10. Defendant Gillian presented a text message from Defendant Hosch-Carroll indicating that she needed to “find herself” in Texas and indicating that she could not care for the child at that time.
11. Defendant Gillian testified that Defendant Hosch-Carroll is still making legal decisions for the child and that she confers with Defendant Hosch-Carroll for all decisions.
¶ 13 Here, based on the trial court's findings, Kaitlyn had a home state—Texas—at the time Plaintiff filed her complaint in April 2021.
¶ 14 First, Kaitlyn lived in Texas with her mother from March 2020 to May 2020, approximately two to three months. Then, Kaitlyn lived in North Carolina with Plaintiff and the Gillians from May/June 2020 to August 2020, approximately three months.
¶ 15 The crucial question here is whether this summer period constitutes a temporary absence, as temporary absences are considered part of the six-month period immediately preceding the commencement of a child-custody proceeding. N.C. Gen. Stat. § 50A-102(7) (2021). North Carolina has adopted a totality of the circumstances approach to determine whether an absence was a temporary absence, as it relies on the facts presented in each case, takes into consideration the parties’ intent and the length of the absence, and provides greater flexibility to the trial court when weighing additional circumstances. Chick, 164 N.C. App. at 449-50, 596 S.E.2d at 308.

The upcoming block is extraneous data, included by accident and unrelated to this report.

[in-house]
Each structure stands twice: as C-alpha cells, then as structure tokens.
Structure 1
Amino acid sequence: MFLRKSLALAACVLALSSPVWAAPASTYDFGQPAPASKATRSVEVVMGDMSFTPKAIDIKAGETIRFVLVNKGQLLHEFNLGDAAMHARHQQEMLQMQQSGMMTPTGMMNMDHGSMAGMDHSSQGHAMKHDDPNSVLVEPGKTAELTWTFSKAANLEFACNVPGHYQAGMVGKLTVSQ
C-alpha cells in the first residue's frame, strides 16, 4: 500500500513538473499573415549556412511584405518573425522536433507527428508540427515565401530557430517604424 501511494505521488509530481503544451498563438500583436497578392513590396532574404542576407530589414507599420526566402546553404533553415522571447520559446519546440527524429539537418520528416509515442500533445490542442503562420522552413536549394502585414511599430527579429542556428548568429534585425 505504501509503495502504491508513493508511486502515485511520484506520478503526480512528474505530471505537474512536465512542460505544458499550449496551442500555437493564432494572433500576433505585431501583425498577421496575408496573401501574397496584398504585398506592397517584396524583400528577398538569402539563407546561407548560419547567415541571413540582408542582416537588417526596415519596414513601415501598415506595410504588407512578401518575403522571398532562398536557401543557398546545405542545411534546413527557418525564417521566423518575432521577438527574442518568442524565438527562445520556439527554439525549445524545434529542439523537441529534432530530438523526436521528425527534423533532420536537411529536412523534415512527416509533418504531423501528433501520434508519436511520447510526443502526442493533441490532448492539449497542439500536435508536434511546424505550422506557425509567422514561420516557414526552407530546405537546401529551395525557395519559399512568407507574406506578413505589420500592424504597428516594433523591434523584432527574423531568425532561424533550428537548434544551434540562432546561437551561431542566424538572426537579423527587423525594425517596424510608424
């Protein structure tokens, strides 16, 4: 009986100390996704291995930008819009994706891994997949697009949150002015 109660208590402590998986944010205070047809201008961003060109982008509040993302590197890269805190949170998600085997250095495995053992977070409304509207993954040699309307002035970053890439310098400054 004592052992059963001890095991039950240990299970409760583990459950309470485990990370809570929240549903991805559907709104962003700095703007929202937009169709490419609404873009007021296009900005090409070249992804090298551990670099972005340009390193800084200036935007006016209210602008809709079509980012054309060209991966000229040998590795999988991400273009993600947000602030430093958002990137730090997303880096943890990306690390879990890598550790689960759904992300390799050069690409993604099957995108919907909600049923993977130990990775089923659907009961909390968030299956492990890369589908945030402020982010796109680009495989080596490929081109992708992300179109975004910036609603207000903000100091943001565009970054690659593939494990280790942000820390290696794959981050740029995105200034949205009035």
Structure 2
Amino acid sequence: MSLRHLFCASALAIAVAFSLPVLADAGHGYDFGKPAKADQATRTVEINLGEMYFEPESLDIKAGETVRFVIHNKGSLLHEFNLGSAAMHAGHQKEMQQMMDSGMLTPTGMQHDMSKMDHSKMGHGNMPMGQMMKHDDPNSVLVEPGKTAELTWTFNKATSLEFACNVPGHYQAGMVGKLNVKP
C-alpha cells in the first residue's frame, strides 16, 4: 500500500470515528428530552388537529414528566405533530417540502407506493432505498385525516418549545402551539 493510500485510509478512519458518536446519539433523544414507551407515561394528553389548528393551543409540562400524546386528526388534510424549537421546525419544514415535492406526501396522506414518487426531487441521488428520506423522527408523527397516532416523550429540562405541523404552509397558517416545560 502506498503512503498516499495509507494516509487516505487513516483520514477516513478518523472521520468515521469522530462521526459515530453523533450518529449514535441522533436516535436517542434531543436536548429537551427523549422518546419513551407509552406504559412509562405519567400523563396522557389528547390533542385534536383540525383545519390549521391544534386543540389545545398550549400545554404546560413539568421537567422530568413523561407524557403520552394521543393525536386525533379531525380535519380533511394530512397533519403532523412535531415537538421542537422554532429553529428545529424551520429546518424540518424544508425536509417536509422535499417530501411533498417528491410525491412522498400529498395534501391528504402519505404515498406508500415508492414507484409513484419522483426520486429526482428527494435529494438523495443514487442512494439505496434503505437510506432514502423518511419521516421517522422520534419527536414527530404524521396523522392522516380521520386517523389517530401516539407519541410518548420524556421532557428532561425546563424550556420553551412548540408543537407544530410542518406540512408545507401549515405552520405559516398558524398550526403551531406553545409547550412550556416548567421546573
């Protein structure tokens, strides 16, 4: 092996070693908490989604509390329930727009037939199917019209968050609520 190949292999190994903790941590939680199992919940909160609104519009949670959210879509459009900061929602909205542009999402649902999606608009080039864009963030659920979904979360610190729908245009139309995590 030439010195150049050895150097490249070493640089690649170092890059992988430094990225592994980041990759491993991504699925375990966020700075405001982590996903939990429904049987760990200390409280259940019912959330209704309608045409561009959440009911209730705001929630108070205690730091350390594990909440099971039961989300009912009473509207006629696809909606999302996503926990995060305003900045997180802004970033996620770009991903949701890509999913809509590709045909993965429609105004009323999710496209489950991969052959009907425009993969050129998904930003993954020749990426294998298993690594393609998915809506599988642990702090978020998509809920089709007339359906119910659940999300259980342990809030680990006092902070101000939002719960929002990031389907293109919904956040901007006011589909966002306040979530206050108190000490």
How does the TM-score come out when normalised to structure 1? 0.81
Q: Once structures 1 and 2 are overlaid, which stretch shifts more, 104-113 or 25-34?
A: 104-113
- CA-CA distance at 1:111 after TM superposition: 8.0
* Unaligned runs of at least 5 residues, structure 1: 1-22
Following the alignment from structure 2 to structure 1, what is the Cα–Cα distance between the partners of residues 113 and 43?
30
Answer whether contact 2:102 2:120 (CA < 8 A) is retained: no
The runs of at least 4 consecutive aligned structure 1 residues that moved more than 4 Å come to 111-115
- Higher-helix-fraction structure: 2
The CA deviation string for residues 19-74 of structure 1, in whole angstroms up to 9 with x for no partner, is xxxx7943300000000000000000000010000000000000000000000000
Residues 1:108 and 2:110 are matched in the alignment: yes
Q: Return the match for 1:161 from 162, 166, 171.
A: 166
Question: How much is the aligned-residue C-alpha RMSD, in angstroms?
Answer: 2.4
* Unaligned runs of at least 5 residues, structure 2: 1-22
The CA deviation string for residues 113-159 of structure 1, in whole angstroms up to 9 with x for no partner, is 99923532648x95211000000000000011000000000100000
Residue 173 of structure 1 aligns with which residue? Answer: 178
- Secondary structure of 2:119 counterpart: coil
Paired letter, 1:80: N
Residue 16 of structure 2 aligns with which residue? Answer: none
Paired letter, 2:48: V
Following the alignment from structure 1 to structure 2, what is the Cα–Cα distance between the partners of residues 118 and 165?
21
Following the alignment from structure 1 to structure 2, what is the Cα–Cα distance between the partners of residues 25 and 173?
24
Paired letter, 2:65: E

¶ 16 In the case at bar, Kaitlyn was only in North Carolina for the summer months, a normal time for a child to spend away from their primary home, and then returned to Texas to live with her mother at the end of the summer. As the trial court found in Finding of Fact 7, Kaitlyn was simply in North Carolina “for the summer of 2020[.]” Based on the totality of the circumstances, this absence from Texas was a temporary absence. Accordingly, because Kaitlyn's stay in North Carolina during the summer of 2020 was a temporary absence and N.C. Gen. Stat. § 50A-102(7) allows for periods of temporary absence to count towards the minimum period of six consecutive months, Texas became Kaitlyn's home state in August 2020 at the earliest, or September 2020 at the latest, depending on how the months are counted.